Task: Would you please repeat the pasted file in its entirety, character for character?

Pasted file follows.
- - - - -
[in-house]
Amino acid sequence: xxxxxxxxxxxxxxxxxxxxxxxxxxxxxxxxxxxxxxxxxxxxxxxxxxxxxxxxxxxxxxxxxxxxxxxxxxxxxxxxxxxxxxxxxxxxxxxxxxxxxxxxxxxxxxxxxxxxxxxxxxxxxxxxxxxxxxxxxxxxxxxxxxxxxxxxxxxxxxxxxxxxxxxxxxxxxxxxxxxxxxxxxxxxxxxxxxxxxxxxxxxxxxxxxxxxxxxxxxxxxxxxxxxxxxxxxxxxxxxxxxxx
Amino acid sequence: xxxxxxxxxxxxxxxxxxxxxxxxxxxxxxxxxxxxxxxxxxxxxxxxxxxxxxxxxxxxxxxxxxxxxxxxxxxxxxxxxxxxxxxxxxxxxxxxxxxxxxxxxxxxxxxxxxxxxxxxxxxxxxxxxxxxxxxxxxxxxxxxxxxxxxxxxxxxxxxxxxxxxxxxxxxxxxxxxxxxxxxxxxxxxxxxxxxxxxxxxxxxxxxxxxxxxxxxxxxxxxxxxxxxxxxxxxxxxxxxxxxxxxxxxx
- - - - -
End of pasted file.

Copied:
[in-house]
Amino acid sequence: xxxxxxxxxxxxxxxxxxxxxxxxxxxxxxxxxxxxxxxxxxxxxxxxxxxxxxxxxxxxxxxxxxxxxxxxxxxxxxxxxxxxxxxxxxxxxxxxxxxxxxxxxxxxxxxxxxxxxxxxxxxxxxxxxxxxxxxxxxxxxxxxxxxxxxxxxxxxxxxxxxxxxxxxxxxxxxxxxxxxxxxxxxxxxxxxxxxxxxxxxxxxxxxxxxxxxxxxxxxxxxxxxxxxxxxxxxxxxxxxxxxx
Amino acid sequence: xxxxxxxxxxxxxxxxxxxxxxxxxxxxxxxxxxxxxxxxxxxxxxxxxxxxxxxxxxxxxxxxxxxxxxxxxxxxxxxxxxxxxxxxxxxxxxxxxxxxxxxxxxxxxxxxxxxxxxxxxxxxxxxxxxxxxxxxxxxxxxxxxxxxxxxxxxxxxxxxxxxxxxxxxxxxxxxxxxxxxxxxxxxxxxxxxxxxxxxxxxxxxxxxxxxxxxxxxxxxxxxxxxxxxxxxxxxxxxxxxxxxxxxxxx